Economic and environmental issues combined have increased the need for better understanding of the fate of nitrogen (N) applied to crop production systems. The objectives of this dissertation were to evaluate the effects of different N sources including conventional urea (CU), polymer-coated urea (PCU), stabilized urea with chemical inhibitors (IU), and anhydrous ammonia (AA) on N losses and yield. Besides N sources, their interaction with placement (deep- versus shallow-banded; broadcast/incorporation versus subsurface banding), tillage management (conventional tillage versus no tillage) and irrigation management (irrigated versus rain fed) were also studied.
In the first experiment, split-applied CU increased yield and N uptake compared with preplant applied PCU or IU and decreased nitrate (NO3-) leaching compared with PCU in a sandy loam soil. Direct soil-to-atmosphere nitrous oxide (N2O) emissions were significantly less with IU or split-U than with PCU and there was a trend for greater emissions with split-U than with IU (P =0.08). Irrigation significantly increased NO3- leaching during the growing season, but had no effect on direct N2O emissions in the same experiment. Indirect emissions due to NO3- leaching were estimated to be 79-117% of direct emissions using the default value of EF5, thus signifying the potential importance of indirect emissions in evaluating management effects on N2O emissions.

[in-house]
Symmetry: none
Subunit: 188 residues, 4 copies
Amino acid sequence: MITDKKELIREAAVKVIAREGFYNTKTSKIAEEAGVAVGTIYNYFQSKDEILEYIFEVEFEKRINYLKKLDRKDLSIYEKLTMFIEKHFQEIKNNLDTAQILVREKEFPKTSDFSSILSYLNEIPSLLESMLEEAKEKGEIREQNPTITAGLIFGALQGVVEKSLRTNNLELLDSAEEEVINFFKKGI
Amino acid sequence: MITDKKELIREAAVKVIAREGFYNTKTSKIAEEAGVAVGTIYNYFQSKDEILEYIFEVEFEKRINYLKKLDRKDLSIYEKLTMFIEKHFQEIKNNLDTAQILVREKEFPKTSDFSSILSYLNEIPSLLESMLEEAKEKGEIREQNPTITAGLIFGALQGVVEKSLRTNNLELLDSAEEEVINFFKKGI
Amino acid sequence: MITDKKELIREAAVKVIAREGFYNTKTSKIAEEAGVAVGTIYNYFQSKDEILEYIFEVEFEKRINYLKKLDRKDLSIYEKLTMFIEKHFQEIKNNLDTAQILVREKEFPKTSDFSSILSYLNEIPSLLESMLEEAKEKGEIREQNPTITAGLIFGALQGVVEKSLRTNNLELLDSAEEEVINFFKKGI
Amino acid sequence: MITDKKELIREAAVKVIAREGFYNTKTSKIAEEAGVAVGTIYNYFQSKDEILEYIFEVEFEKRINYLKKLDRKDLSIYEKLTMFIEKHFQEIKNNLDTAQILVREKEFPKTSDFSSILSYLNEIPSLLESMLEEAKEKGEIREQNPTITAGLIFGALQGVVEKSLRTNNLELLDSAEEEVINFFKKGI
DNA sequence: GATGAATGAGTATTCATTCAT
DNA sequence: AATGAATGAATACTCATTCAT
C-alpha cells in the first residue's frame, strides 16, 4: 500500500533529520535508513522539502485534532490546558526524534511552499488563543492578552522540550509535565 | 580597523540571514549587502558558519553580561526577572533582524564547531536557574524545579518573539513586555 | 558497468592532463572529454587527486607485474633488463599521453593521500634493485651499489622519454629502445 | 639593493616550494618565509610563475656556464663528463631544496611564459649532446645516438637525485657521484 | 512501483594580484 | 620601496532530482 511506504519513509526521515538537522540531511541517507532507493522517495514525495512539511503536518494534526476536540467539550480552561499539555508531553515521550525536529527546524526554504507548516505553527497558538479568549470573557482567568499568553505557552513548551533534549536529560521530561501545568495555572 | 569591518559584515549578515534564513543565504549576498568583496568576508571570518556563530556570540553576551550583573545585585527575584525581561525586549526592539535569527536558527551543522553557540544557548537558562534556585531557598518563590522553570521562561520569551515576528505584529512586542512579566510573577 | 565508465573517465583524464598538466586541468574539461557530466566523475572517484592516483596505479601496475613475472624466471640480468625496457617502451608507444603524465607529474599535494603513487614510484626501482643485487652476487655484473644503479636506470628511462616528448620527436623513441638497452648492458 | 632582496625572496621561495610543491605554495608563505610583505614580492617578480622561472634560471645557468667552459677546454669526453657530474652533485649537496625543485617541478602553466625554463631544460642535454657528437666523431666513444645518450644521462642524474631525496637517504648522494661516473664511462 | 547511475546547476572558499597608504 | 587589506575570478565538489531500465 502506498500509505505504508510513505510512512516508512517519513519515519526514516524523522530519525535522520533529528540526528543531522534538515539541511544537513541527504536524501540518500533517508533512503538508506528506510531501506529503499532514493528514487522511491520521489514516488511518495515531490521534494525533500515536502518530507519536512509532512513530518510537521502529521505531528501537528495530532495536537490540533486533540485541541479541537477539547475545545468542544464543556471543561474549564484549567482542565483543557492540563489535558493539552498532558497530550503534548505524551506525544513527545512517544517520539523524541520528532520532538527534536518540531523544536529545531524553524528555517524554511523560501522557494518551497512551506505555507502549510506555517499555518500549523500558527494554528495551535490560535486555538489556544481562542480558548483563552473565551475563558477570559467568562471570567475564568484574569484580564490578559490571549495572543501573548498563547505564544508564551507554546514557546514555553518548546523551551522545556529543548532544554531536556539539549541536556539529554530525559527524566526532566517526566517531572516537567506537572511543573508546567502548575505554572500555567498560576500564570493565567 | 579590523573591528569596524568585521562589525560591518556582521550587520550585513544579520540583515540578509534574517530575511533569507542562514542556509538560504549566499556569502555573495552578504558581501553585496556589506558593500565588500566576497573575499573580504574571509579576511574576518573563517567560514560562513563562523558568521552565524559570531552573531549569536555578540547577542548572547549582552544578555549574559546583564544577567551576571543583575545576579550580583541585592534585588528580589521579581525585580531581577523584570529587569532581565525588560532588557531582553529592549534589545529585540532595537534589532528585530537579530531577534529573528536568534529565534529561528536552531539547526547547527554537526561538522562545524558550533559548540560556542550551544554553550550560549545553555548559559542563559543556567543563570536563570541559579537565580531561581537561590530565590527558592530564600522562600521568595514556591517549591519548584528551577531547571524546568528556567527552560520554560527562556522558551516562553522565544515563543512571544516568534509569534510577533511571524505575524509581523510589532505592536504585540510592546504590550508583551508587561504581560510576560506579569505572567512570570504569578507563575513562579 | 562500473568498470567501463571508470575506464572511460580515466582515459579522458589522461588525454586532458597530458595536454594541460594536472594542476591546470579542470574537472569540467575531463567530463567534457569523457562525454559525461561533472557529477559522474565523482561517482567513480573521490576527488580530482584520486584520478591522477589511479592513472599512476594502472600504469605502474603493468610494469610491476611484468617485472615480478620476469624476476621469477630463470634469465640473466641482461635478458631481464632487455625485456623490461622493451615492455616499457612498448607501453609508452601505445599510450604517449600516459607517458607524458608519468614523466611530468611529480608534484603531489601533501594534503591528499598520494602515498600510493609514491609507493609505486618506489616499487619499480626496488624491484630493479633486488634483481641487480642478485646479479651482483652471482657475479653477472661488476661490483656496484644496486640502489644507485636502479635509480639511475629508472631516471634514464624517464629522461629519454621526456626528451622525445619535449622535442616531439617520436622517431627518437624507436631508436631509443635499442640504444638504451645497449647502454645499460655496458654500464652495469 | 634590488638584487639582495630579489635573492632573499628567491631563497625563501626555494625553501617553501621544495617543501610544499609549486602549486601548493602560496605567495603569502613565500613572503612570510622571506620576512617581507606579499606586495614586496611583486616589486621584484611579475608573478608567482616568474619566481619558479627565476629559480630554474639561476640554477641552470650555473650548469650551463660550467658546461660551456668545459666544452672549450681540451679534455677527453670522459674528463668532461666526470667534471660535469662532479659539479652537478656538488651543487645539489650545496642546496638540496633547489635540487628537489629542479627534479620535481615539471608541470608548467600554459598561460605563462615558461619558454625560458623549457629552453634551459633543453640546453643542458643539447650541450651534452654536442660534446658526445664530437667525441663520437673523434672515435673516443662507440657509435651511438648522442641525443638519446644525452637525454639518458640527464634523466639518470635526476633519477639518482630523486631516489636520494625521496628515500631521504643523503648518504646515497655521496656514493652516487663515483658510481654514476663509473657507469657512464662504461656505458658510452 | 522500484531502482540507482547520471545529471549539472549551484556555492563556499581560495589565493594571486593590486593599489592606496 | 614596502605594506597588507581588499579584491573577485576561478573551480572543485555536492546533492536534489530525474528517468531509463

In the second experiment, no-till significantly increased N2O emissions in fertilized treatments in a dry year and decreased crop yield in the control treatment in a silt loam soil. There were no significant differences in N2O emissions, grain yield or NO3- leaching potential with AA placement depth.
In the third experiment, mid-row banding (MRB) significantly increased N2O emissions compared to broadcast/incorporation (BI) for PCU and CU in silt loam soils. Nitrous oxide emissions were correlated to a greater extent with soil nitrite (NO2-) intensity than with nitrate (NO3-) intensity; N intensity being a measure of integrated N concentrations over time. Compared to BI, MRB reduced NH3 volatilization loss and the CU treatment had greater NH3 loss than PCU or IU had. All these experiments highlighted the significant roles that N and other management practices can play in mitigating N losses.
University of Minnesota Ph.D. dissertation. December 2013. Major: Land and Atmospheric Science. Advisor: Rodney T. Venterea. 1 computer file (PDF); ix, 141 pages.
Corn production and environmental implications under varying nitrogen and management practices.
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